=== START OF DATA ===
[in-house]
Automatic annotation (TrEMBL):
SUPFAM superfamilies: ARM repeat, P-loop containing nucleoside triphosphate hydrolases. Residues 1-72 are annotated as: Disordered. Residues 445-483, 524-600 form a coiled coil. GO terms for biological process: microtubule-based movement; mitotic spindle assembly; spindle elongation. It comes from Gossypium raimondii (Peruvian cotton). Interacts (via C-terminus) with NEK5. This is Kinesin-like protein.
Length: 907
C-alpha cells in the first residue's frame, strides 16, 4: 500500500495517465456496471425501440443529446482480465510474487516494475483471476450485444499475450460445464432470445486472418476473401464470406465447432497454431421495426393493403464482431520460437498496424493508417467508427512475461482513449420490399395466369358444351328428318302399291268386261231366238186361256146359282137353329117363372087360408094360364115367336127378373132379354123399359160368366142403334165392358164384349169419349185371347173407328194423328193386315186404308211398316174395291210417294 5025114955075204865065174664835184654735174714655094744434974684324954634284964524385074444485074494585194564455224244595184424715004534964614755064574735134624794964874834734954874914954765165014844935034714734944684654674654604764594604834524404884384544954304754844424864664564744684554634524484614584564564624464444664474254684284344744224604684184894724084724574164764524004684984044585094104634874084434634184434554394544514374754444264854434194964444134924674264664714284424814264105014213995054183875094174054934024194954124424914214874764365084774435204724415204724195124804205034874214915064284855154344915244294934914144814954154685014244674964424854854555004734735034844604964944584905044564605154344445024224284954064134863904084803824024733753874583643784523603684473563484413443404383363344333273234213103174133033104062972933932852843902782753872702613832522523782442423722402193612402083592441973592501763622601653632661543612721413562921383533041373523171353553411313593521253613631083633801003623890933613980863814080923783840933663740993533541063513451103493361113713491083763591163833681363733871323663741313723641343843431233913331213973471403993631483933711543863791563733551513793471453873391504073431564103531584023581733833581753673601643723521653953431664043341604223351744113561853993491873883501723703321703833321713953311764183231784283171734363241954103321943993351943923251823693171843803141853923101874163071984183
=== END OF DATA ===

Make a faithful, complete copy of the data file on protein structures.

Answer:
[in-house]
Automatic annotation (TrEMBL):
SUPFAM superfamilies: ARM repeat, P-loop containing nucleoside triphosphate hydrolases. Residues 1-72 are annotated as: Disordered. Residues 445-483, 524-600 form a coiled coil. GO terms for biological process: microtubule-based movement; mitotic spindle assembly; spindle elongation. It comes from Gossypium raimondii (Peruvian cotton). Interacts (via C-terminus) with NEK5. This is Kinesin-like protein.
Length: 907
C-alpha cells in the first residue's frame, strides 16, 4: 500500500495517465456496471425501440443529446482480465510474487516494475483471476450485444499475450460445464432470445486472418476473401464470406465447432497454431421495426393493403464482431520460437498496424493508417467508427512475461482513449420490399395466369358444351328428318302399291268386261231366238186361256146359282137353329117363372087360408094360364115367336127378373132379354123399359160368366142403334165392358164384349169419349185371347173407328194423328193386315186404308211398316174395291210417294 5025114955075204865065174664835184654735174714655094744434974684324954634284964524385074444485074494585194564455224244595184424715004534964614755064574735134624794964874834734954874914954765165014844935034714734944684654674654604764594604834524404884384544954304754844424864664564744684554634524484614584564564624464444664474254684284344744224604684184894724084724574164764524004684984044585094104634874084434634184434554394544514374754444264854434194964444134924674264664714284424814264105014213995054183875094174054934024194954124424914214874764365084774435204724415204724195124804205034874214915064284855154344915244294934914144814954154685014244674964424854854555004734735034844604964944584905044564605154344445024224284954064134863904084803824024733753874583643784523603684473563484413443404383363344333273234213103174133033104062972933932852843902782753872702613832522523782442423722402193612402083592441973592501763622601653632661543612721413562921383533041373523171353553411313593521253613631083633801003623890933613980863814080923783840933663740993533541063513451103493361113713491083763591163833681363733871323663741313723641343843431233913331213973471403993631483933711543863791563733551513793471453873391504073431564103531584023581733833581753673601643723521653953431664043341604223351744113561853993491873883501723703321703833321713953311764183231784283171734363241954103321943993351943923251823693171843803141853923101874163071984183